It was the last day of my trip. Before heading back to Mumbai, I decided to stay in Haridwar for another day and see some of the places I had read about. One of those was the Ganga aarti at Har Ki Pauri. I had seen pictures some of my friends had taken and I was determined to see the beauty of it myself. The chanting of hymns, the swaying fire bowls, the floating diyas...it was a sight that cannot be forgotten. There were people of all ages, kids, young couple, older men and women, taking a dip in the holy river and praying. I stood close to the steps to click pictures of floating diyas. Just ahead of me, a man was taking a dip in the river. After he was done, he climbed up the steps and I moved aside. He came ahead and in that moment when he stood closest to me, he groped me. I was dumbstruck. I had my camera in my hand and I was standing too close to the river so I could not act immediately. Instead I just kept looking in his direction, with a hundred questions in my mind. Wasn't this man praying a moment ago? Should I run and catch him and yell at him? But I am alone, should I still run after him? What if he abuses me or gets physical? Should I take the help of the policeman standing close by? Will the police help? Will he ask my name? Will he still help me, after knowing my name? Or, will he question me what I was doing all alone at their sacred place? I kept thinking, standing at the same place, as the man vanished in the crowd.

I wasn't ready to take a risk of getting into an altercation, with no one beside me, in an unknown city. What was it that stopped me from taking an action that day, some fear that I had not experienced before...that feeling when you are scared because of your religious identity. As if the fear of being a lone woman traveler in this country wasn't enough. No, I am not proud of myself after that day. But I also don't know what I could have done.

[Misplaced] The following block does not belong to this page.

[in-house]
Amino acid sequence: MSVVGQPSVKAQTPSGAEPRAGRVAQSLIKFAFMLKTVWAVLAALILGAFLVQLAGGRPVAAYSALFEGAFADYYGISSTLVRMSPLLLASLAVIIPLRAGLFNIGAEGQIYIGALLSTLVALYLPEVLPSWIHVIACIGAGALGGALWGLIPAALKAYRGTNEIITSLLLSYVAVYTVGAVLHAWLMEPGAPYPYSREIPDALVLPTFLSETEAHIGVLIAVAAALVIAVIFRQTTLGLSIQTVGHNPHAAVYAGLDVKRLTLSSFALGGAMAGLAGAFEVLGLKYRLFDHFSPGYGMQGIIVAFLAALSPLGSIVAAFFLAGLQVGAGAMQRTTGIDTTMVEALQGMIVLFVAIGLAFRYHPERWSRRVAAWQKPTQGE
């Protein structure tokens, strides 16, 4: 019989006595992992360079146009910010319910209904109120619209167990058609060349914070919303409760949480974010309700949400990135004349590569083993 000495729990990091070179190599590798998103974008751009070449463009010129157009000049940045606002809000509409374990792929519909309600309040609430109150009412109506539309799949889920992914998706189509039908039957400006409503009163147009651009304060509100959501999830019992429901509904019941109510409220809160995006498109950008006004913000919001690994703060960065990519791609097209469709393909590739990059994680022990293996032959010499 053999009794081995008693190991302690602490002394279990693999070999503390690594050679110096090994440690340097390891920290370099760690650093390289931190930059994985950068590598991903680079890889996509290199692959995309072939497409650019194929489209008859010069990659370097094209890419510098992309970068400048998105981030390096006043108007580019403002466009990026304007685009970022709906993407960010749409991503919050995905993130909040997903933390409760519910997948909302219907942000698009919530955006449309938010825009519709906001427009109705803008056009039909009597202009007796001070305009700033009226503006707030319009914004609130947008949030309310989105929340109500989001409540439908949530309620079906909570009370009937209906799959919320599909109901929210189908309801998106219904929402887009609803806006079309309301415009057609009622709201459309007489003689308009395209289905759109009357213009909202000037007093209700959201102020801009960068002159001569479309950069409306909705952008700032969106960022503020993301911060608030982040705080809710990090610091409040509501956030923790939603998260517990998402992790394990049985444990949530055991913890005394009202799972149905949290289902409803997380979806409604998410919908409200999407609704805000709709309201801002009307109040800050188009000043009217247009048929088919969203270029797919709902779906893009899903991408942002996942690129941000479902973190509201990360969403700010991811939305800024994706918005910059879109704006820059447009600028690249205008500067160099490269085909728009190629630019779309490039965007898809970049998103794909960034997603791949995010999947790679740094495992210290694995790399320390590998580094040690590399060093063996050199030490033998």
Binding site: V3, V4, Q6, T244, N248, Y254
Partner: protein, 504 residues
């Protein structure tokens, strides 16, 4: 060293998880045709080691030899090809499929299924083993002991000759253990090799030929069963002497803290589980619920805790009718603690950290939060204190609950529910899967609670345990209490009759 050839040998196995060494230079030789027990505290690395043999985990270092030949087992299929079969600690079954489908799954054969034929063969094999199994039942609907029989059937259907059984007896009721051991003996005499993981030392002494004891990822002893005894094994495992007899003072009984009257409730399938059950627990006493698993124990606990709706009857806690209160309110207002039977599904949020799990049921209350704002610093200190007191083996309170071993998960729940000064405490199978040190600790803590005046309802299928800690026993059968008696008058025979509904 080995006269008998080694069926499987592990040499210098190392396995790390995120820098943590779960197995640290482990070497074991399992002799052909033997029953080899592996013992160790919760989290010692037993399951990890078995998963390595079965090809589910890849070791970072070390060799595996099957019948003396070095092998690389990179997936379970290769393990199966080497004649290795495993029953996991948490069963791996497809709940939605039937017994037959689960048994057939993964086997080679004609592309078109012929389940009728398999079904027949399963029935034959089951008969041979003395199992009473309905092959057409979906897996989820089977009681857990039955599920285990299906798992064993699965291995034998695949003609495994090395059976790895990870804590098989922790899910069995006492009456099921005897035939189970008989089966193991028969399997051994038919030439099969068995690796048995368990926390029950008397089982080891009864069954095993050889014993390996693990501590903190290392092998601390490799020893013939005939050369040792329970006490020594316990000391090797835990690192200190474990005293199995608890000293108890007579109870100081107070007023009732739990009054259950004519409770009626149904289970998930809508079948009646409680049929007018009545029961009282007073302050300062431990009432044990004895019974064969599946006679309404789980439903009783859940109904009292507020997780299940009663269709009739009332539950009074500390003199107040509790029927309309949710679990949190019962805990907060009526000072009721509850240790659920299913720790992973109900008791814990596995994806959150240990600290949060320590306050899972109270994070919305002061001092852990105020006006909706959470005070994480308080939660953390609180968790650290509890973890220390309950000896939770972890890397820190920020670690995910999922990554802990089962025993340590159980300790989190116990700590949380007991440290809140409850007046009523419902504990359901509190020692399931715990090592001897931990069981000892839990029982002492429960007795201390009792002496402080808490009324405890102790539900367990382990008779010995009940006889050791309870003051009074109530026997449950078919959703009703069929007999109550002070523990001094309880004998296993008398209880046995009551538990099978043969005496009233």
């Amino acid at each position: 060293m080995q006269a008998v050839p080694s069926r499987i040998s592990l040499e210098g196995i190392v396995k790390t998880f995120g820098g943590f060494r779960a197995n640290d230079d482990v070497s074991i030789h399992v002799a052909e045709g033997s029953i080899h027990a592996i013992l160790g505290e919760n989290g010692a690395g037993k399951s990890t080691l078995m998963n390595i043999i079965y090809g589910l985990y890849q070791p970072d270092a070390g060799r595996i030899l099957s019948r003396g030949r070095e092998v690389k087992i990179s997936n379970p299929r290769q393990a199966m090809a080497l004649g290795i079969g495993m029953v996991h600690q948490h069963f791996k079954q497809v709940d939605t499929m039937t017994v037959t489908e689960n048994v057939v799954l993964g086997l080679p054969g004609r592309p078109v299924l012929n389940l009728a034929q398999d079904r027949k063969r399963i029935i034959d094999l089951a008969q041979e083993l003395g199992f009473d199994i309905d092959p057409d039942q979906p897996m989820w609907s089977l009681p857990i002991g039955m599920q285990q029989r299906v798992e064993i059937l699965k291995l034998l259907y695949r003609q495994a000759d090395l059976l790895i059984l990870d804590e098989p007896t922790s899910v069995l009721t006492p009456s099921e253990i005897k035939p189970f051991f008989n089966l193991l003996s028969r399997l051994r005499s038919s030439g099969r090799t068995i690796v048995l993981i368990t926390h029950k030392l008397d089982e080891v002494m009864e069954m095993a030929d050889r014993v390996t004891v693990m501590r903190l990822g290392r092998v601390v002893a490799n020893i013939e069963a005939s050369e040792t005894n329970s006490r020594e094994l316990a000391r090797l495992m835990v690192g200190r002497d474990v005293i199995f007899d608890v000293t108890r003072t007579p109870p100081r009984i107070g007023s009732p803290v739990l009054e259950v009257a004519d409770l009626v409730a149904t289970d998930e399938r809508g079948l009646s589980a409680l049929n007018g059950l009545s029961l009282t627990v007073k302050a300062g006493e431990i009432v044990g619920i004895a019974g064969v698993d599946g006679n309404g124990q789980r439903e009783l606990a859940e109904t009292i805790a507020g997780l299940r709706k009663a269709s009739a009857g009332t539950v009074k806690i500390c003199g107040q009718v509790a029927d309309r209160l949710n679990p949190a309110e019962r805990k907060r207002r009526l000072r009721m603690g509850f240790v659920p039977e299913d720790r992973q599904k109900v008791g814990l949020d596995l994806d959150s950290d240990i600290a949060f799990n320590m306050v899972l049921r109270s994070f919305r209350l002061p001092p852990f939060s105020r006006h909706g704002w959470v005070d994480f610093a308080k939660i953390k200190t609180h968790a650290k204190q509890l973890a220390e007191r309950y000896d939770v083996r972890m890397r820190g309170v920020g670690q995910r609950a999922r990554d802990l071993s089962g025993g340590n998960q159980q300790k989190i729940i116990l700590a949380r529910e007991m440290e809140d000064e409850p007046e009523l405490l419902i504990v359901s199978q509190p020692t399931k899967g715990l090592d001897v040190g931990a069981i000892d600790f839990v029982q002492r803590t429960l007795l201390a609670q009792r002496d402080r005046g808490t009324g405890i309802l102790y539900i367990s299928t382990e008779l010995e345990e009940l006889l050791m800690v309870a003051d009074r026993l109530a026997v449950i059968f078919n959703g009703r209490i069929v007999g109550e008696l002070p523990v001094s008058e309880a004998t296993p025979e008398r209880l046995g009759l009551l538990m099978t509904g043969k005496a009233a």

Comments

kate said…
I'm sorry to hear about this, Stabby. Its bad enough that you feel violated and demeaned when these lecherous men grope you, and it gets even worse when you realize that you're so broken down from the incident you can't even muster a response. I have been in this situation a few times, although ppl always assume that I will very easily shout and insult someone who misbehaves with me. I hope, someday, we will not have to overthink it and can have a visceral response.
Inoue Yoshiko said…
It was a new discovery for me, apart from the natural feeling any female reader would feel - to desire to knock the bastard back to the water.
You wrote : "Should I run and catch him and yell at him? But I am alone, should I still run after him? What if he abuses me or gets physical?" - Yes, I would feel the same if I missed the timing to react.
But you went on : "Should I take the help of the policeman standing close by? Will the police help? Will he ask my name? Will he still help me, after knowing my name? Or, will he question me what I was doing all alone at their sacred place?" - This was totally surprising for me. This is the reality of any 'minority' groups in this country, is it? You are a citizen of this country and pay tax for policemen, and still you need to consider whether they would help you or harass you instead.
Sorry I am not focused on your very point in this post. But fresh surprise and anger arose when I heard from a friend of mine, even after reading tons of ridiculous things in newspaper...